Eddie Murphy, Aresnio Hall and the rest of the gang are headed back to the mythical kingdom of Zamunda in "Coming 2 America," the long awaited sequel to the wildly popular 1988 comedy.

Fans of the original will be happy to know that the wait has been worth it, with the follow-up a lot fun - full of memorable cameos, lots of callbacks, and most importantly a lot of laughs. It's a credit to director Craig Brewer and the screenplay, credited to multiple writers, that they manage to maintain the spirit of the original while offering a fresh up-to-date spin.

This sequel finds Akeem (Murphy) now happily entrenched in his homeland with his wife Lisa (Shari Headley) and their three daughters. The eldest Meeka (Kiki Layne) has dreams of someday following her father as ruler of Zamunda, but laws require that the king be replaced by his first born son.

With no apparent heir, the kingdom is teetering on the edge of a hostile takeover from General Izzi (Wesley Snipes) - the leader of a neighboring kingdom who has his sights on extending into Zamunda.

Akeem finds a possible way to counter Izzi's threat, when he is told by his long time confidante Semmi (Hall) that he has a long lost son (Jermaine Fowler) in New York. Akeem sets out on a quest to find the son and bring him back to his homeland, to groom him as the possible heir and build a relationship.

I was not a fan of the original film, which I felt played a lot like an extended SNL sketch than a movie and lacked the charm needed in a successful romantic comedy, and entered this sequel with low expectations. Fortunately, the film exceeded those expectations within minutes - with some callbacks to the original and a couple of sight gags in the first few minutes that let me know right away this was not going to coast on the reputation of the original film.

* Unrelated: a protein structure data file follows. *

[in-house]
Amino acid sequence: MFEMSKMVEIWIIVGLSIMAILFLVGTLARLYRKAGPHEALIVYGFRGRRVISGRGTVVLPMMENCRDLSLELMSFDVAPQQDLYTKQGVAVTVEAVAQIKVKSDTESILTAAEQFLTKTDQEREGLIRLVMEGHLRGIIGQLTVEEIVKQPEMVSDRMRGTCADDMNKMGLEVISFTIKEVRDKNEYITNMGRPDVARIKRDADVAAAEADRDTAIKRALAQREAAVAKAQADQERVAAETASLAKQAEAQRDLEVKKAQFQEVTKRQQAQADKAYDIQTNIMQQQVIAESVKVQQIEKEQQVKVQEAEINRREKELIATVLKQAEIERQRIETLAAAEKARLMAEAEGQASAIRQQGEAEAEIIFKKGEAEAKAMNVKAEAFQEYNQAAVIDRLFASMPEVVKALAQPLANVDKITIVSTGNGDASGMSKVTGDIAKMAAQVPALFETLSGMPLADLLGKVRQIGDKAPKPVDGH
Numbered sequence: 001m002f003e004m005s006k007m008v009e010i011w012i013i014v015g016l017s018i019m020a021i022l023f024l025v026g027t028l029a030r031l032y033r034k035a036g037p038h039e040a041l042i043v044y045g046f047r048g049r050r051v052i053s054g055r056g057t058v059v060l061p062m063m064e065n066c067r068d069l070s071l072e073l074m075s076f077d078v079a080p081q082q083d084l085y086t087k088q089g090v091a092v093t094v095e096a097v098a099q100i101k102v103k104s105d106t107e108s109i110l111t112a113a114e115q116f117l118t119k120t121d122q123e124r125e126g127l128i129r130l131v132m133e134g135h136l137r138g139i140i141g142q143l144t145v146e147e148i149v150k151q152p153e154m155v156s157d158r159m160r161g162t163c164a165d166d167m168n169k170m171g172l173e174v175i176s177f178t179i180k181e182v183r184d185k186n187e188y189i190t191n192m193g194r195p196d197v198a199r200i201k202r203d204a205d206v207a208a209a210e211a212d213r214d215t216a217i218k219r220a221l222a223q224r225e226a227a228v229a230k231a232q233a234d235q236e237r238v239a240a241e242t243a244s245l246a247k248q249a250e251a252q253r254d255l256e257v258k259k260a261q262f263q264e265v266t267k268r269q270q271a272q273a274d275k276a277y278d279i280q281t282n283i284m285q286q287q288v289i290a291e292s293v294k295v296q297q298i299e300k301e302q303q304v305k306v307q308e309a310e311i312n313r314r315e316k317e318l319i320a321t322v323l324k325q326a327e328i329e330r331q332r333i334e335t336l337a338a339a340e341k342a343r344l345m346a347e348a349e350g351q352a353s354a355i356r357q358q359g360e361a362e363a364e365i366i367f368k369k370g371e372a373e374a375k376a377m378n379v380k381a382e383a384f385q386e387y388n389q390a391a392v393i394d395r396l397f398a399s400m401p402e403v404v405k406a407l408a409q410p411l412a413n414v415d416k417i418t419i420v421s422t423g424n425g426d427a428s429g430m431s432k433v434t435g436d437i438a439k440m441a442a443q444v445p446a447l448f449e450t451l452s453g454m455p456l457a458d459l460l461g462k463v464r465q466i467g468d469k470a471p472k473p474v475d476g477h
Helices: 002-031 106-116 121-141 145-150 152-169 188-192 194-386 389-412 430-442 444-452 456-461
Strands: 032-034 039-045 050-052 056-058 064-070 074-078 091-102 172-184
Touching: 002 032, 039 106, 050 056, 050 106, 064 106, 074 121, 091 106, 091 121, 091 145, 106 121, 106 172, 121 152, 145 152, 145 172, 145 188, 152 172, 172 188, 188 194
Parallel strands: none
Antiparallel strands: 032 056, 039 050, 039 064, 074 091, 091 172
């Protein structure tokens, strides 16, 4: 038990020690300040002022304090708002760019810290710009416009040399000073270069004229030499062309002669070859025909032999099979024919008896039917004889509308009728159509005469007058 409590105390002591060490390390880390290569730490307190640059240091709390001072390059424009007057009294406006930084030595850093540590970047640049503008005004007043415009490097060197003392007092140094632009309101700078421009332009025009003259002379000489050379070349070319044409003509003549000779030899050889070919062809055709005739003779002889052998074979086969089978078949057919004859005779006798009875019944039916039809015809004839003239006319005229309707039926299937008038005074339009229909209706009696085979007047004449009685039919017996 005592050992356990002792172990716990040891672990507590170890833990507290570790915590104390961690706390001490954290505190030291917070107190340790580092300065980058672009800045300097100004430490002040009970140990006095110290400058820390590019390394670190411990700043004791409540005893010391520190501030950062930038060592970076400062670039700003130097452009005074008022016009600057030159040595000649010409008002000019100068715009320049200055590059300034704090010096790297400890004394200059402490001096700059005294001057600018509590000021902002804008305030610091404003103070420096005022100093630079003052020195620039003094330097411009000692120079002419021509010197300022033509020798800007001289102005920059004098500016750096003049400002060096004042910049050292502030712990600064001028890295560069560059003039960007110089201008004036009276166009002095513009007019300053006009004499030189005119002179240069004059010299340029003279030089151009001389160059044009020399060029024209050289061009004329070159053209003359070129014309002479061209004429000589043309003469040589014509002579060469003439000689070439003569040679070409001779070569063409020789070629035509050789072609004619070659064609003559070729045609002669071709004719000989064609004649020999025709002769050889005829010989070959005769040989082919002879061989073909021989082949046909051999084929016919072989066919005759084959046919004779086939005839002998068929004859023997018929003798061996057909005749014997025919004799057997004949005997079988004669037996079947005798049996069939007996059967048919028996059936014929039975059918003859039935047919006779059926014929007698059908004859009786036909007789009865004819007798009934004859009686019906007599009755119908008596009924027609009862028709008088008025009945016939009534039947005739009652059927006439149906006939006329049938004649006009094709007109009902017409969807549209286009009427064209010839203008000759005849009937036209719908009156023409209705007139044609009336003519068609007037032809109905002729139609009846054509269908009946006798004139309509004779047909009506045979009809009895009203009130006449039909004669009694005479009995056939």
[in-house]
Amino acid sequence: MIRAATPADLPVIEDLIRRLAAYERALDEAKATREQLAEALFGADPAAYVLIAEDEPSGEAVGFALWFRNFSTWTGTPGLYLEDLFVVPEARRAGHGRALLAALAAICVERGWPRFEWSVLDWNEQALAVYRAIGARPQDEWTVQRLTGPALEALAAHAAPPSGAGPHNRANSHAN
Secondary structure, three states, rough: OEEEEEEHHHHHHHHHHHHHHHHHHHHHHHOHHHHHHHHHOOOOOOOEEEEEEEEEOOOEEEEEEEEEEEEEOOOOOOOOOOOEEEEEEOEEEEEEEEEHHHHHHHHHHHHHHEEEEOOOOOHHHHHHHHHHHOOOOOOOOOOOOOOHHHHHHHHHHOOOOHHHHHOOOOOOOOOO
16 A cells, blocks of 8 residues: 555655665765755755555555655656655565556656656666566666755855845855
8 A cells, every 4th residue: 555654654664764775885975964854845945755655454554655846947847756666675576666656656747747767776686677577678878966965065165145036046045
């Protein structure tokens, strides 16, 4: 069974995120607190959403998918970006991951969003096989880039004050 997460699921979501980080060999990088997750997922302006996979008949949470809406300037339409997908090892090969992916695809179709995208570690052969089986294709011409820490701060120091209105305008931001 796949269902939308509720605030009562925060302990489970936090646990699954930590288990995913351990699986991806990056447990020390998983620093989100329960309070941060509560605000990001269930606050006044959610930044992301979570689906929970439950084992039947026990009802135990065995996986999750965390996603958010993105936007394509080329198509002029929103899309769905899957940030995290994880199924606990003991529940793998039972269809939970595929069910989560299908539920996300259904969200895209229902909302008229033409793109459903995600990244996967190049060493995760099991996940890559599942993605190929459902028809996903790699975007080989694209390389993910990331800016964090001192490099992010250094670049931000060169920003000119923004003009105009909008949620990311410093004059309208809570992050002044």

Murphy and Hall are having a lot of fun, not just in their main roles but bringing back other characters from the original as well, but to Murphy's credit he takes a backseat a lot of the time - allowing the sequel to devote time to secondardy characters.

It's a move that pays off. You not only get hilarious supporting roles from Leslie Jones and Tracy Morgan, as well as good comic work from Snipes, but "Coming 2 America" also allows newcomer Fowler and Layne to shine as well.

The story doesn't stray too far from formula, but Brewer (who also pulled off the remake of "Footloose") knows the strength is in his very funny cast and the audience's adoration for the first film - and plays from those strengths throughout.

My only regret with "Coming 2 America" is I didn't get the chance to see this in a full theater, experiencing the reactions of a crowd to the surprises and laughs.

This is a movie that would have played well in theaters. Fortunately it still has a chance to be seen - and appreciated - in the comfort of your home.

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